A game of Counter Attack consists of three parts; pre-match, first half and second half. The pre-match part of the game is good fun in its own right. The game comes with a large number of different player cards (and many, many more are available to purchase separately from the game’s website). Prior to kick-off these players are drawn randomly in groups of four and drafted by each player into their team. No players except goalkeepers have positions either, it is up to the player where in their team they want to play them. There is no such thing as formations either, you simply place the players where on the pitch you wish them to play and move them from there. This is a very versatile and open-ended system that really allows you to tailor your approach to the team that fate has dealt you. If you’re thinking of picking the game up it is probably worth considering a pack or two of the extra cards as well to keep things fresh and add a lot of variety to each game.

The substitutes bench during a game.
Old “Sicknote” McNulty there, injured again.

The halves themselves are very straightforward. For each one you simply play for forty five minutes then stop for half-time oranges before changing ends. This is a very elegant solution to the problem of how to judge the length of a game that has no turns. In the games I played, my opponent and I each agreed to actually play more like 50 or 55 minutes each half as we spent a fair bit of time learning and looking up rules but the beauty of a set-up like this is that you can make your own rules.

That segues nicely into something else I really enjoy about Counter Attack too. To me it felt like an extremely strong toolkit of stuff for me to make the exact football game I wanted. As I read through the rules I was thinking about all sorts of house rules and additional content that could be created to spice things up. Things like special player abilities, custom rules for injuries and the possibility of straight red-cards, systems to randomly generate or account for players in different form. The possibilities are endless and Counter Attack as a system is flexible and hackable enough that you can turn this game into whatever version of a football game you want, safe in the knowledge that the basics and the essentials of gameplay are well covered.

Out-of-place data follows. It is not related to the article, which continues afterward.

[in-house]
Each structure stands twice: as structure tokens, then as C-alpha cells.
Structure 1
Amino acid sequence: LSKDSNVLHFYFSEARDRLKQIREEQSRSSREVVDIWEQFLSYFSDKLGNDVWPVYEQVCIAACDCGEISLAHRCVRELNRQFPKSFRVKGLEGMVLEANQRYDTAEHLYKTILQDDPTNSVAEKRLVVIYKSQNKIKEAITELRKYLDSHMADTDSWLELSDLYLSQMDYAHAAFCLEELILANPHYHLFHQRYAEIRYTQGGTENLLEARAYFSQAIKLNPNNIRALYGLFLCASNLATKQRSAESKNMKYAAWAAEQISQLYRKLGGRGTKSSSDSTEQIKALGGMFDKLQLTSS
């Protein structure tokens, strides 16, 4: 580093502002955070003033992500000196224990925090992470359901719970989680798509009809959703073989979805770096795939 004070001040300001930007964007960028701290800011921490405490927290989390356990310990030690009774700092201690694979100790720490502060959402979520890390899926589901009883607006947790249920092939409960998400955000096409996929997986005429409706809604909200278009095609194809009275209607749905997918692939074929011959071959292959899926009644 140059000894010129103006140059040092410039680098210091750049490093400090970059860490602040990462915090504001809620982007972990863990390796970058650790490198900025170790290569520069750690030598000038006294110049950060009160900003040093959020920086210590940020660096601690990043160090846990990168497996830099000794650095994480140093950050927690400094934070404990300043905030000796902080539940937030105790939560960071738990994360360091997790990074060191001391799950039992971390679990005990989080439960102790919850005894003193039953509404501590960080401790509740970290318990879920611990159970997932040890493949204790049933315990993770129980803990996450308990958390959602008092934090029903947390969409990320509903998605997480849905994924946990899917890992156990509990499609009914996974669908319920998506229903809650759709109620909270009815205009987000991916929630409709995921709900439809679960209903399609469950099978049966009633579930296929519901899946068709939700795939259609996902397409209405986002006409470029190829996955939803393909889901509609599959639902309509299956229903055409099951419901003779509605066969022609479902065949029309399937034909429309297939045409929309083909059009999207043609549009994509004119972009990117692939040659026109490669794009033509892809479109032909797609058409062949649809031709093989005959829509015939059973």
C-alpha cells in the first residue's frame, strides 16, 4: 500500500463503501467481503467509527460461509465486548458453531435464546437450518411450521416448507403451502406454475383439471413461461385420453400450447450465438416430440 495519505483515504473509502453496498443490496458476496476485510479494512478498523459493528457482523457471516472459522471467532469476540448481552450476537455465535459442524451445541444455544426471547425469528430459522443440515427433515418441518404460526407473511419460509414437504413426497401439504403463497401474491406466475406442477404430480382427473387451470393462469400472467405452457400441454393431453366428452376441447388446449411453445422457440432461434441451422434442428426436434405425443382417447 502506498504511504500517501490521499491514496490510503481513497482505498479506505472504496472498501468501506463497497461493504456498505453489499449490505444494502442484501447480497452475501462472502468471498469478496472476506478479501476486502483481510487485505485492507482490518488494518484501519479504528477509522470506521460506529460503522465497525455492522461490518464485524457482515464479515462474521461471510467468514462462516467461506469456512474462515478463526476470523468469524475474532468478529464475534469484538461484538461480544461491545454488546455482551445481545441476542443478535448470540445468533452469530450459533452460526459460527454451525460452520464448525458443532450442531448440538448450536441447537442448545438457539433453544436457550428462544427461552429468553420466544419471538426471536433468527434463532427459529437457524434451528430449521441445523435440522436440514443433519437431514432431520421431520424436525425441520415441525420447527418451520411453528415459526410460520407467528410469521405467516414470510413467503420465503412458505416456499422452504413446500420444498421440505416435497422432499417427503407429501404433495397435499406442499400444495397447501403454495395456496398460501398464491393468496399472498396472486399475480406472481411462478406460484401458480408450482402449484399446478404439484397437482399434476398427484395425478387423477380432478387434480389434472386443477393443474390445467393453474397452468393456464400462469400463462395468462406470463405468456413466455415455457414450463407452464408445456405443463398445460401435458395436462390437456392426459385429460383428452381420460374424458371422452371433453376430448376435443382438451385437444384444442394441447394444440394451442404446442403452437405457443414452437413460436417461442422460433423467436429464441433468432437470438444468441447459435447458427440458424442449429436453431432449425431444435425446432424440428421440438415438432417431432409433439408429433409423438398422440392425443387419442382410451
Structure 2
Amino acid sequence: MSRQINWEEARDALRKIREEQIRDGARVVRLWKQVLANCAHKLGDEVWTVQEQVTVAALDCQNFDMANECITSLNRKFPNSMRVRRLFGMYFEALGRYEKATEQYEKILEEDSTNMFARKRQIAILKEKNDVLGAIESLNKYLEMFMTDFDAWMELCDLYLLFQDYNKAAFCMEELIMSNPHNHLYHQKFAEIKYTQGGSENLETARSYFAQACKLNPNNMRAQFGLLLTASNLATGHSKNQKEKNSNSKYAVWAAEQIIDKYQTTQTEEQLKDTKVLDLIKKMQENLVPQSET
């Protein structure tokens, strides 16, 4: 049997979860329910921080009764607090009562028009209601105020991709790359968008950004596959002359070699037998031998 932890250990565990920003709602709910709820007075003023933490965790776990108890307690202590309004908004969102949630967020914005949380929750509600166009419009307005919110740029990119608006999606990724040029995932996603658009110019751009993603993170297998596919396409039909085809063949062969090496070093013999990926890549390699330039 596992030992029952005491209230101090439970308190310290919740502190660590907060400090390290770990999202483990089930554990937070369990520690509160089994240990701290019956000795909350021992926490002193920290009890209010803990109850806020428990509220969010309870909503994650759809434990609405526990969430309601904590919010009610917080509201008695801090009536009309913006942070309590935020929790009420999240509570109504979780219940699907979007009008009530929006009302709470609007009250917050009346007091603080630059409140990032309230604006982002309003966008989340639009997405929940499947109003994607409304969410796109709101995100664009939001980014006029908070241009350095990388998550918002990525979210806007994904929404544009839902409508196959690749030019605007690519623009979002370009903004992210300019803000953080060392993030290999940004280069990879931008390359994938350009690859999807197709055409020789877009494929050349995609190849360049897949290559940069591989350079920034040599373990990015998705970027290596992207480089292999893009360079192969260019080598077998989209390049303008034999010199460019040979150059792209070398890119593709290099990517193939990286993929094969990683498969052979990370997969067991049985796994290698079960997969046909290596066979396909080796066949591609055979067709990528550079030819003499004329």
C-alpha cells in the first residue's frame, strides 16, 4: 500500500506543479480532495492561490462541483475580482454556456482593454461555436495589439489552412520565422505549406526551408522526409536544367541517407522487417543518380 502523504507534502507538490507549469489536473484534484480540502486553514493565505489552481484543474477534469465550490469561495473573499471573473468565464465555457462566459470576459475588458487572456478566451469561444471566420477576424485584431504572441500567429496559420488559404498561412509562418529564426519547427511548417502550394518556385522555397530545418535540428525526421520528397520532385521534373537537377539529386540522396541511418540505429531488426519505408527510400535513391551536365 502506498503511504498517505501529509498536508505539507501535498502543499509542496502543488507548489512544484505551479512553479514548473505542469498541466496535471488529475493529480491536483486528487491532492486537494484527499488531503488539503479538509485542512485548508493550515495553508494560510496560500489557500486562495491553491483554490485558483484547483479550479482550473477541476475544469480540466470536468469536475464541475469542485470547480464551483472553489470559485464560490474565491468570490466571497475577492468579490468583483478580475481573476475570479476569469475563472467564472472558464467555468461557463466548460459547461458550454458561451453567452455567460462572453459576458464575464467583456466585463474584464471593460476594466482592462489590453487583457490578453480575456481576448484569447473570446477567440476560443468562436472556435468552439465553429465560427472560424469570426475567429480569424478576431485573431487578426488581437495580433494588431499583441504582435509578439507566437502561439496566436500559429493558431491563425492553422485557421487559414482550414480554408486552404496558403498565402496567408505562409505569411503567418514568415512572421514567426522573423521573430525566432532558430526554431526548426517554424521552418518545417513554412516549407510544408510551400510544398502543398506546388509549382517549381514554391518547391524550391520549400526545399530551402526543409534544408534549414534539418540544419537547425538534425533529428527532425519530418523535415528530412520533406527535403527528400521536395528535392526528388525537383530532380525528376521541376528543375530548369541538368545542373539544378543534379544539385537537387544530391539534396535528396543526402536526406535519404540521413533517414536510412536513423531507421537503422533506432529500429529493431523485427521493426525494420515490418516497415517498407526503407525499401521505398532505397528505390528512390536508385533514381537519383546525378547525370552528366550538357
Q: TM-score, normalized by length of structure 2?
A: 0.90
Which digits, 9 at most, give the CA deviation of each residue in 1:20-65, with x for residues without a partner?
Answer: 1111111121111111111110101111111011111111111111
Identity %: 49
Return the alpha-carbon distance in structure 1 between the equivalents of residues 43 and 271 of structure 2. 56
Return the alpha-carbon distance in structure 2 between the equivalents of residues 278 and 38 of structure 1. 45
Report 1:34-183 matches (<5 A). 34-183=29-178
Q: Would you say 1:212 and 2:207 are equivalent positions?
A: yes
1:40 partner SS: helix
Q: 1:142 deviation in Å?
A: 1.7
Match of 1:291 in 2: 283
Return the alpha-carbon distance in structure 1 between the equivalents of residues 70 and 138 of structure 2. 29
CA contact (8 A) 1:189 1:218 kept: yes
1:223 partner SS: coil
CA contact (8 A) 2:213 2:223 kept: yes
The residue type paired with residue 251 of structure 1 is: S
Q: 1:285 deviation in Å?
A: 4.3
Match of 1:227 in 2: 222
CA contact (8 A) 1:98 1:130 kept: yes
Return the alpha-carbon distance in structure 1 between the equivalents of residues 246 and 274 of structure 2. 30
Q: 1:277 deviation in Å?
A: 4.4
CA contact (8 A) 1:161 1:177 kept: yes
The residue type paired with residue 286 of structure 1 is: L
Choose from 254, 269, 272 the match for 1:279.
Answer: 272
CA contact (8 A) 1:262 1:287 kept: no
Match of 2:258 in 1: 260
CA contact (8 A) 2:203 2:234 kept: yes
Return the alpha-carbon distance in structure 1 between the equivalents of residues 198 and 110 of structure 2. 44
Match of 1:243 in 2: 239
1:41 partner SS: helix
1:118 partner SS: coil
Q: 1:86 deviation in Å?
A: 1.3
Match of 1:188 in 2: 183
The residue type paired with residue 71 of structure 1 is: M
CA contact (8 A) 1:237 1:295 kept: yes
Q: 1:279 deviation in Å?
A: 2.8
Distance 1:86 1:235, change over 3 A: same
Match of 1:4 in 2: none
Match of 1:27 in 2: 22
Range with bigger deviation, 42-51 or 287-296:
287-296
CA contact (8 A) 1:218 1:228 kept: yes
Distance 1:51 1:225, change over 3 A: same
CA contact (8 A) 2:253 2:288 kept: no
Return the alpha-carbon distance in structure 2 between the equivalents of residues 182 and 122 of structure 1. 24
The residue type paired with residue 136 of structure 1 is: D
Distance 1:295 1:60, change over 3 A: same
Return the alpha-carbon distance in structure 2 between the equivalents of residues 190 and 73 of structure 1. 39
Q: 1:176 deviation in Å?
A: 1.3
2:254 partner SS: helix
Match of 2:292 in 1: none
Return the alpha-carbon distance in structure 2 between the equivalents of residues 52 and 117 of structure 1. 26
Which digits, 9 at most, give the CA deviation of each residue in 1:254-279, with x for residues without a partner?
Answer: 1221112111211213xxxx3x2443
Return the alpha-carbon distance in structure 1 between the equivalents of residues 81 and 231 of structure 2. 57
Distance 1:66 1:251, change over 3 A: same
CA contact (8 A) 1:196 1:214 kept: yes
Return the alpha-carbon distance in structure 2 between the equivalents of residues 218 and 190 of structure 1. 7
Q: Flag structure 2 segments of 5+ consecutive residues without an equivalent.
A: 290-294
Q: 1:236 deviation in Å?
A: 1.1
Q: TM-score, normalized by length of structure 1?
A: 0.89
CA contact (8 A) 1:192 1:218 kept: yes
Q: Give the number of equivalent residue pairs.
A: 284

A game of Counter Attack in progress.
#4 and #7 there having an on-pitch discussion about their dinner plans.

Back at the top of this review I said that a football game needed two things to truly succeed. The second (creating a facsimile of an actual game) is something that Counter Attack focuses its efforts on and can be considered a success. There are some issues I have with some fiddly bits and pieces of rules but, to an extent, that is an unavoidable issue with trying to replicate a real-time, fast-paced frenetic sport like football. What you are left with is a football game that abstracts the concepts enough to be manageable with a ruleset but not so much that it doesn’t feel like the thing it’s emulating.

The first thing that a football game needs is the way to emulate not just a game of football but a season or a competition. Counter Attack does have some suggestions on this subject at the end of its manual but really this area is left to the player. It doesn’t require much extra effort to come up with a season or a campaign mode of the game if you have enough players (and copies of the game!) but it is something that I think the player would have to put a fair amount of their own thought into to make it truly sing. The great thing about Counter Attack though is that it does the heavy lifting for you, providing a fun, robust system of gameplay for you to add all the style and tweaks you want to make it truly the game you want.

You can purchase Counter Attack on Amazon.